This past Saturday was the eighth annual shearing day at Whispering Spirit Alpacas. At 8 AM this very chilly morning, Lee and I, Peter Connelly of Shorn Shearing Services, his headman (Asher) and 14 wonderful volunteers assembled to remove and gather the year’s harvest from our herd of alpacas and 2 llamas. It was quite the adventure.
Preparation started several day’s earlier as Danita Coulter our faithful and expert ranch hand added tasks of cleaning the barn, tack room, bathroom, setting up catch pens to her already busy schedule of feeding, mucking the pens, ordering needed supplies and herding the cats. No, she did not take down the cat tent. It is still too cold to take it down plus it gives the cats a great vantage point to watch the shearing. Even Atticus pitched in.
Houston based stalwart friends Stella and Harold Evensen arrived Wednesday to help clean the fiber storage area, haul fiber & barn debris to the dump, box up the skirted fiber for shipping to mills, and shop for supplies and food. Stella made efficient checklists and charts to order the animals (white to dark) and chart shearing details (whose nails & teeth get trimmed). They helped us with many tasks needing completion.
On shearing day, we assembled with Stella and Harold in the kitchen at 6:15 to review last minute to do lists. We hauled provisions up to the barn … coffee, socks (?), cameras, coffee, water, yogurt, coffee, mini cinnamon rolls, band-aids, did I mention COFFEE! It is dangerous to bring so many people together at that hour without coffee.
Our volunteers start arriving around 7:30. Eight drove 45 minutes from Albuquerque to join the event. Kelly Koepke, our media and communications consultant, came from Santa Fe. Five who live in the East Mountains also have long drives. Cold and sleepy, the group gather around each other (it was really chilly) to make introductions and renew acquaintances. Peter talks everyone through the process of lowering the alpaca to the mats, how and when to tighten the ropes to hold the animal taunt, the role of Asher the headman (holding the alpaca’s head to stabilize and keep the alpaca calm to avoid sudden moves), when and how to collect the fibers. How to avoid getting kicked.
Shearing day veterans Harold & Stella Evensen, Cathy McManus, John Helmich, Sam & Amanda Bergamo, and Kris Staten provide assistance to first timers (now veterans) Brad Yablonski, Melanie Gonzales, , Laurie Schatzberg, Mary Margaret Rogers, Carolyn Thompson, Ken Thompson and Krista Allen. These people are accomplished professionals in their own fields, ranging from marketing and communications, fundraising, physical therapy, nursing, sophisticated investments, business management, computer programming, IT, French culture, wines and travel, fire and wild life protection, and of course, two recovering attorneys. And I am missing other important talents.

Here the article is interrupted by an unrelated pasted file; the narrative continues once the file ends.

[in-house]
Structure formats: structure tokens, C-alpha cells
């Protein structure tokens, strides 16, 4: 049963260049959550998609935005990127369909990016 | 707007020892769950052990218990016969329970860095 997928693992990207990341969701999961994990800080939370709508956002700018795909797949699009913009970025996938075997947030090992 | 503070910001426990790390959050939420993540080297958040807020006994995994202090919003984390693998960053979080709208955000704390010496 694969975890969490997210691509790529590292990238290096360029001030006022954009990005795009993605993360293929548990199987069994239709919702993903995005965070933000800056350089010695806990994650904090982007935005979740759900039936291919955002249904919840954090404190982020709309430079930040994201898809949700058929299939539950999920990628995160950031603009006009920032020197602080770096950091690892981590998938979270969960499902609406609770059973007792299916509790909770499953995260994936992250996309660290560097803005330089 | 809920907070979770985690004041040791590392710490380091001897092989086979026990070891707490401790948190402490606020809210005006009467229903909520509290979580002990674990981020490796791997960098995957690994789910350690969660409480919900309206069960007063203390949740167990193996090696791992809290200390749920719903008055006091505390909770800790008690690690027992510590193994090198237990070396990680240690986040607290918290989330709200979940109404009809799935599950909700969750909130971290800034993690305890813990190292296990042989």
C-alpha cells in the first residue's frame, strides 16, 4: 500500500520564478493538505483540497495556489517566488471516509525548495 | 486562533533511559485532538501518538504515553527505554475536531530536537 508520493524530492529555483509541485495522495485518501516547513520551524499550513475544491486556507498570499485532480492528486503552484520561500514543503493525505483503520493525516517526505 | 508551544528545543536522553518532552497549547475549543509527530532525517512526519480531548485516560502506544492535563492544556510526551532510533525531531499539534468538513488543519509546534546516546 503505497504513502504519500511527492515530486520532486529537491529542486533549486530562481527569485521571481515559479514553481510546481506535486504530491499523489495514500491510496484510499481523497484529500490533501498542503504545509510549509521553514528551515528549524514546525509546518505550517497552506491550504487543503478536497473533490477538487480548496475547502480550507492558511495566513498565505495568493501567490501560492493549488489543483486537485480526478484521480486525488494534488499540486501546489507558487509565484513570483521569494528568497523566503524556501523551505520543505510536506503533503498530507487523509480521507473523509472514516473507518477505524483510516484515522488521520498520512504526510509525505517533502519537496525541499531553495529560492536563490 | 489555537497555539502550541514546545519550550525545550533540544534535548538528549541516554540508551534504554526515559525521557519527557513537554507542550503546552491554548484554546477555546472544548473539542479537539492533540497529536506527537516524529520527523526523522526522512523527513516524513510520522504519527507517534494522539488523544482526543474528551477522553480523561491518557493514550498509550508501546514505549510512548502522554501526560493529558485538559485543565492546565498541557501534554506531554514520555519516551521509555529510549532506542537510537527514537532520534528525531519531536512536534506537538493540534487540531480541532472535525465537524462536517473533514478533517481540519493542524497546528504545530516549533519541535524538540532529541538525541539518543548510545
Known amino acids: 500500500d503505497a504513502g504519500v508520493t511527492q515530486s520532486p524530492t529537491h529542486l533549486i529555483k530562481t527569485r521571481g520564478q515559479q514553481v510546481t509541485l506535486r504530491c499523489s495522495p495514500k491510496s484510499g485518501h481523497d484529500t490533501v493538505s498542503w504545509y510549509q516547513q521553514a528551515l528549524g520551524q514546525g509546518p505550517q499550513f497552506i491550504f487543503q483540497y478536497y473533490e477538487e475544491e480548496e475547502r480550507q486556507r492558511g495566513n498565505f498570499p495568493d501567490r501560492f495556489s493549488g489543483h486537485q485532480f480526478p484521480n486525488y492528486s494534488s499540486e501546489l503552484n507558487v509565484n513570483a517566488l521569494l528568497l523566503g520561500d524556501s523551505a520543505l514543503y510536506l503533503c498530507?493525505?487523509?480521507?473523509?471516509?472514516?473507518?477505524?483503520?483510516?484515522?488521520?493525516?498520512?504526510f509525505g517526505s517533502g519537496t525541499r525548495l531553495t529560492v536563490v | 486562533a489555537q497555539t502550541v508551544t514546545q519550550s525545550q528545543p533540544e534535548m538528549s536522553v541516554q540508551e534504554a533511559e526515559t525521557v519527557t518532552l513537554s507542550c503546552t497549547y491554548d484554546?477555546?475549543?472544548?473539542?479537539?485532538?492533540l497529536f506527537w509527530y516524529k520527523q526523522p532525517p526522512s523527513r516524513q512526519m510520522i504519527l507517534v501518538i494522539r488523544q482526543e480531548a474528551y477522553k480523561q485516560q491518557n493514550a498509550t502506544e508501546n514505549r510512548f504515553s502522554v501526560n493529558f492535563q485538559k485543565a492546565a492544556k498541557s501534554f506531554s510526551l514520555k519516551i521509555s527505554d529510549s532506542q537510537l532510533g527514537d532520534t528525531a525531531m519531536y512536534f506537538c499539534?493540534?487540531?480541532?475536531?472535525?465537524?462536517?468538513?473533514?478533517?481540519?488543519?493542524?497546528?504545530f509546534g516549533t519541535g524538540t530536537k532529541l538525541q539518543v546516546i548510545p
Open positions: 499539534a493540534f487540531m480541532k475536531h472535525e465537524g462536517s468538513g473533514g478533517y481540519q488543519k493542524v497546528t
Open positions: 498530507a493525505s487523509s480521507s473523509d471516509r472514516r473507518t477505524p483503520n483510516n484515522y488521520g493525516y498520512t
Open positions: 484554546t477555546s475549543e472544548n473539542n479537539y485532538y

All volunteers have several tasks during the process of each alpaca is being sheared. It’s quite a dance but becomes a smooth choreography after a couple of animals and with Peter’s expert direction.
Yes, even little Woodstock the mauled alpaca is shorn, despite his injured leg. Carolyn takes extra car to comfort him. What an alpaca whisperer.
A cheer went up as the last alpaca gets sheared. Wait, wait. OH NO. We still have the llamas to do. And they are huge. All able bodied males are summoned to one mat. (This is where the females pull the “I’m not strong enough” card). Down on the mats go Lorenzo and Ande. Both are gentle giants and easily sheared. DONE! Three & a half hours and no injuries to man nor beast. Not bad.
Clean up and down to the house for food and refreshments. Soup, sandwiches, wine, beer, chocolate chip cookies (thank you Kris), more beer, more wine. Shearing is done for this year and naps are in order…
Thanks to our fabulous shearers and volunteers. We harvested 148 pounds of raw fiber. The highest overall producer was Vencedor (white). The largest blanket was Winter Hawk. That should keep us busy for a year.
Oh, ya, the socks. We put socks over the alpacas mouths to keep them from launching guttural spit when they are stressed. Nasy stuff!!
Great harvest. Great time. Thank you, thank you volunteers. Last but, certainly not least, Thank you Peter & Asher.
Sandy & Lee